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Similarity Measures for Enhancing Interactive Streamline Seeding
IEEE Transactions on Visualization and Computer Graphics, Volume: 19, Issue: 8, Pages: 1342 - 1353
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Streamline seeding rakes are widely used in vector field visualization. We present new approaches for calculating similarity between integral curves (streamlines and pathlines). While others have used similarity distance measures, the computational expense involved with existing techniques is relati...
|Published in:||IEEE Transactions on Visualization and Computer Graphics|
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Streamline seeding rakes are widely used in vector field visualization. We present new approaches for calculating similarity between integral curves (streamlines and pathlines). While others have used similarity distance measures, the computational expense involved with existing techniques is relatively high due to the vast number of euclidean distance tests, restricting interactivity and their use for streamline seeding rakes. We introduce the novel idea of computing streamline signatures based on a set of curve-based attributes. A signature produces a compact representation for describing a streamline. Similarity comparisons are performed by using a popular statistical measure on the derived signatures. We demonstrate that this novel scheme, including a hierarchical variant, produces good clustering results and is computed over two orders of magnitude faster than previous methods. Similarity-based clustering enables filtering of the streamlines to provide a nonuniform seeding distribution along the seeding object. We show that this method preserves the overall flow behavior while using only a small subset of the original streamline set. We apply focus + context rendering using the clusters which allows for faster and easier analysis in cases of high visual complexity and occlusion. The method provides a high level of interactivity and allows the user to easily fine tune the clustering results at runtime while avoiding any time-consuming recomputation. Our method maintains interactive rates even when hundreds of streamlines are used.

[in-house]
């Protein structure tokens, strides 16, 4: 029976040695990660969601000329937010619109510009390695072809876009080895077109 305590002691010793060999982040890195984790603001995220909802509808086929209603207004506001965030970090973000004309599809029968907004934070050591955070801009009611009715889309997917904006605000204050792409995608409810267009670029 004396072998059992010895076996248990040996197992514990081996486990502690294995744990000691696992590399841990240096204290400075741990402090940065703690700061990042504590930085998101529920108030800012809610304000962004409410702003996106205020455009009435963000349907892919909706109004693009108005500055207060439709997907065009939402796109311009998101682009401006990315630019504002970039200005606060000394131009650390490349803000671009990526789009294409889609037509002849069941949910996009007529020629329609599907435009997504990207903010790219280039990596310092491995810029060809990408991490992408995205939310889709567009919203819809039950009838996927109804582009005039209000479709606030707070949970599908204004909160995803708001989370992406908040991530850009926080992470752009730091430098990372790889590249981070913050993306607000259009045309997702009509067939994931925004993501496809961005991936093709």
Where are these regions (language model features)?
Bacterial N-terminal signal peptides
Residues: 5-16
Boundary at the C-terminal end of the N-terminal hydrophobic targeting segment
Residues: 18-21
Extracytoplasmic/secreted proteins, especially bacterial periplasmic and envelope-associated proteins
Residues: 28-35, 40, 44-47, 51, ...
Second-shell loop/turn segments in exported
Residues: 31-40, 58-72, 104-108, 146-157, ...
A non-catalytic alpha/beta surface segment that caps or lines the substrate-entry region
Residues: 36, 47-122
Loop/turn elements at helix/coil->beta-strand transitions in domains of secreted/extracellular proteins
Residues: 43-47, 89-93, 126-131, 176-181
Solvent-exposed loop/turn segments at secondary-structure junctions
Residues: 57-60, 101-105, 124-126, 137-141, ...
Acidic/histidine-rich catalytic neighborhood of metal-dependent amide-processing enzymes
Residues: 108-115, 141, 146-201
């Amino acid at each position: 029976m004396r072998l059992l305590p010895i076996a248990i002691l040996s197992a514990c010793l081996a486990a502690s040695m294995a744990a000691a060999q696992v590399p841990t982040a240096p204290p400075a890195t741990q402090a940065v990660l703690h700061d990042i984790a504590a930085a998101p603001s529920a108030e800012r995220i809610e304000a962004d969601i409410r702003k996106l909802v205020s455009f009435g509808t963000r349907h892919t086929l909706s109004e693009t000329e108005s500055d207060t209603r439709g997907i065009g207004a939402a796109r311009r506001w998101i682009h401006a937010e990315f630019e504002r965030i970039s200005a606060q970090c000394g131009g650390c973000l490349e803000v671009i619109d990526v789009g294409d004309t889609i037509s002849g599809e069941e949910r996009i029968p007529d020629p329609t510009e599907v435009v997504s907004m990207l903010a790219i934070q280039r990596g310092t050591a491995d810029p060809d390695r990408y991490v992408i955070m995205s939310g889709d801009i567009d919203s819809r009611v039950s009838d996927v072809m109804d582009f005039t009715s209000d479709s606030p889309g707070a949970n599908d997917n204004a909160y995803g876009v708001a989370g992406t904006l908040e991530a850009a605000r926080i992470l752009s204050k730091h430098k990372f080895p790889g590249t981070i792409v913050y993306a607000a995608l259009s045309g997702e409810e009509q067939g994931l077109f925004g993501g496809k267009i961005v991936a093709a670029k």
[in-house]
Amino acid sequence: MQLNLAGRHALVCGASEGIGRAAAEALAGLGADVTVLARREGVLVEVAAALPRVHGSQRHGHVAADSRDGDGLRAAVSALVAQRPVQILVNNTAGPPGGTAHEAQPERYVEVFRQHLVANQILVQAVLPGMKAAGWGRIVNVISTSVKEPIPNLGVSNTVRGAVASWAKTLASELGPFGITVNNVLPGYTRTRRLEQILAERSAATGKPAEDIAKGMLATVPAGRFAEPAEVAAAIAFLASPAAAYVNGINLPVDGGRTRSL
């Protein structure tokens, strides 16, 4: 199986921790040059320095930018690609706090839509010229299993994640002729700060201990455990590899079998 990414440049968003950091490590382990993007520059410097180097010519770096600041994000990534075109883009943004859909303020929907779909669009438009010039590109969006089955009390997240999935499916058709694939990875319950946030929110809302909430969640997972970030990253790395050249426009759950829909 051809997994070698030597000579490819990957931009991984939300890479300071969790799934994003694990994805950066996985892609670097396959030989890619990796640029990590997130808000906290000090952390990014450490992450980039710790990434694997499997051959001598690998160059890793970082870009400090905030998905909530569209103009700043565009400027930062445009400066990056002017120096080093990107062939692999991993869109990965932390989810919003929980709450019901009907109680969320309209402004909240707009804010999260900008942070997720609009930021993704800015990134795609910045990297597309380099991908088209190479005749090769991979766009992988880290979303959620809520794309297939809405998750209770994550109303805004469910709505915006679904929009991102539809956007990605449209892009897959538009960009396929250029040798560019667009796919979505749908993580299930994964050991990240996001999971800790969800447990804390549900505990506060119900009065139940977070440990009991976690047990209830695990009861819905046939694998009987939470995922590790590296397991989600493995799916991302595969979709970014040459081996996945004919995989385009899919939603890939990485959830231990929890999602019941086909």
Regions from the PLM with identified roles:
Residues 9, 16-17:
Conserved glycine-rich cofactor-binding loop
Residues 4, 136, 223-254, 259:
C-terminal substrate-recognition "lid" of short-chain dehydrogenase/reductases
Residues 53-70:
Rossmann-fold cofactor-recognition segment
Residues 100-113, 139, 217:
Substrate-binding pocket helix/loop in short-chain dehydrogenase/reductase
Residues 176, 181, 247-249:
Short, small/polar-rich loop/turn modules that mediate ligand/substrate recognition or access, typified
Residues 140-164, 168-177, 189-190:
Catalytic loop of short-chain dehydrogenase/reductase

Faculty of Science and Engineering